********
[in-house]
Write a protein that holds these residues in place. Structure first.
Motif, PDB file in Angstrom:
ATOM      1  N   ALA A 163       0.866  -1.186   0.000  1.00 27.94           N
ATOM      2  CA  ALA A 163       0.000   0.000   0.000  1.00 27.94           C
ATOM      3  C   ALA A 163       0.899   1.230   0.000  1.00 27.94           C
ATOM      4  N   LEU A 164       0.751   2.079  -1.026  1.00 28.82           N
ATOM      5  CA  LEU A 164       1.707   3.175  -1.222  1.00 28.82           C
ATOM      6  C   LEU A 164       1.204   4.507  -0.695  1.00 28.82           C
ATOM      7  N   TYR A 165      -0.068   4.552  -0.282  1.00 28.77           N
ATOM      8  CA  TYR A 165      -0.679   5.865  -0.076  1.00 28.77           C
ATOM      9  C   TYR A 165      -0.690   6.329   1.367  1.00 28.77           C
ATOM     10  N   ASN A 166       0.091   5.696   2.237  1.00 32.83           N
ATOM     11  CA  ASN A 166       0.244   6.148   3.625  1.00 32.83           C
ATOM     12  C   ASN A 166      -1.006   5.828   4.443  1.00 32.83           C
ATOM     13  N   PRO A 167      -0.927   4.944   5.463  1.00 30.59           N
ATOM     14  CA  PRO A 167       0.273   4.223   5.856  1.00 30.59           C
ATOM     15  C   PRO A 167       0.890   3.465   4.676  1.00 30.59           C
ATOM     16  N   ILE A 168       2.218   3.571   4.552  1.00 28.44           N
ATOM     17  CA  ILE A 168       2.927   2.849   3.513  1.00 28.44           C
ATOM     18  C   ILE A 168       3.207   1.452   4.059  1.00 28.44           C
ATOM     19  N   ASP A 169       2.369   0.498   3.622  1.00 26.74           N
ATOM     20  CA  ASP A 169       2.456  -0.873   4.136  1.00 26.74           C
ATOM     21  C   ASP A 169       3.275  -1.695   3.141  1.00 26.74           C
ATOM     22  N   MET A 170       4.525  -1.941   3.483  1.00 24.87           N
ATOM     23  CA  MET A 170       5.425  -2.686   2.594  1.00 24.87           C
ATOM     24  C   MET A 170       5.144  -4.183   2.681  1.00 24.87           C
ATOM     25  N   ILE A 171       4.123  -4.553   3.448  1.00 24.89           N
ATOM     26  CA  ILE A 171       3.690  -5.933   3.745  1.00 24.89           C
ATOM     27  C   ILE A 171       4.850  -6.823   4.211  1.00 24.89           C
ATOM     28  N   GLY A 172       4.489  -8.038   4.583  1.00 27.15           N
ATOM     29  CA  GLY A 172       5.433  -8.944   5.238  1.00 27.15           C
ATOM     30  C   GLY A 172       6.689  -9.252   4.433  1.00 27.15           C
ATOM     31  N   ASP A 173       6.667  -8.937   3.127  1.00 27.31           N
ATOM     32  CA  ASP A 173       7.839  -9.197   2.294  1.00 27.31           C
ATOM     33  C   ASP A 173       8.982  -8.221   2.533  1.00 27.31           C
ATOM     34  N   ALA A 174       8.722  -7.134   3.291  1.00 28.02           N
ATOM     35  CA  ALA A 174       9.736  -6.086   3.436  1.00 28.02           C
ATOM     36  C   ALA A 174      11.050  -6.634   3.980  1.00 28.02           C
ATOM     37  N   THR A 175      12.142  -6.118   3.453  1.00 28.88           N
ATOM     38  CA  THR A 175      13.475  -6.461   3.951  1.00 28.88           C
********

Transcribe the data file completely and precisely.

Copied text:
[in-house]
Write a protein that holds these residues in place. Structure first.
Motif, PDB file in Angstrom:
ATOM      1  N   ALA A 163       0.866  -1.186   0.000  1.00 27.94           N
ATOM      2  CA  ALA A 163       0.000   0.000   0.000  1.00 27.94           C
ATOM      3  C   ALA A 163       0.899   1.230   0.000  1.00 27.94           C
ATOM      4  N   LEU A 164       0.751   2.079  -1.026  1.00 28.82           N
ATOM      5  CA  LEU A 164       1.707   3.175  -1.222  1.00 28.82           C
ATOM      6  C   LEU A 164       1.204   4.507  -0.695  1.00 28.82           C
ATOM      7  N   TYR A 165      -0.068   4.552  -0.282  1.00 28.77           N
ATOM      8  CA  TYR A 165      -0.679   5.865  -0.076  1.00 28.77           C
ATOM      9  C   TYR A 165      -0.690   6.329   1.367  1.00 28.77           C
ATOM     10  N   ASN A 166       0.091   5.696   2.237  1.00 32.83           N
ATOM     11  CA  ASN A 166       0.244   6.148   3.625  1.00 32.83           C
ATOM     12  C   ASN A 166      -1.006   5.828   4.443  1.00 32.83           C
ATOM     13  N   PRO A 167      -0.927   4.944   5.463  1.00 30.59           N
ATOM     14  CA  PRO A 167       0.273   4.223   5.856  1.00 30.59           C
ATOM     15  C   PRO A 167       0.890   3.465   4.676  1.00 30.59           C
ATOM     16  N   ILE A 168       2.218   3.571   4.552  1.00 28.44           N
ATOM     17  CA  ILE A 168       2.927   2.849   3.513  1.00 28.44           C
ATOM     18  C   ILE A 168       3.207   1.452   4.059  1.00 28.44           C
ATOM     19  N   ASP A 169       2.369   0.498   3.622  1.00 26.74           N
ATOM     20  CA  ASP A 169       2.456  -0.873   4.136  1.00 26.74           C
ATOM     21  C   ASP A 169       3.275  -1.695   3.141  1.00 26.74           C
ATOM     22  N   MET A 170       4.525  -1.941   3.483  1.00 24.87           N
ATOM     23  CA  MET A 170       5.425  -2.686   2.594  1.00 24.87           C
ATOM     24  C   MET A 170       5.144  -4.183   2.681  1.00 24.87           C
ATOM     25  N   ILE A 171       4.123  -4.553   3.448  1.00 24.89           N
ATOM     26  CA  ILE A 171       3.690  -5.933   3.745  1.00 24.89           C
ATOM     27  C   ILE A 171       4.850  -6.823   4.211  1.00 24.89           C
ATOM     28  N   GLY A 172       4.489  -8.038   4.583  1.00 27.15           N
ATOM     29  CA  GLY A 172       5.433  -8.944   5.238  1.00 27.15           C
ATOM     30  C   GLY A 172       6.689  -9.252   4.433  1.00 27.15           C
ATOM     31  N   ASP A 173       6.667  -8.937   3.127  1.00 27.31           N
ATOM     32  CA  ASP A 173       7.839  -9.197   2.294  1.00 27.31           C
ATOM     33  C   ASP A 173       8.982  -8.221   2.533  1.00 27.31           C
ATOM     34  N   ALA A 174       8.722  -7.134   3.291  1.00 28.02           N
ATOM     35  CA  ALA A 174       9.736  -6.086   3.436  1.00 28.02           C
ATOM     36  C   ALA A 174      11.050  -6.634   3.980  1.00 28.02           C
ATOM     37  N   THR A 175      12.142  -6.118   3.453  1.00 28.88           N
ATOM     38  CA  THR A 175      13.475  -6.461   3.951  1.00 28.88           C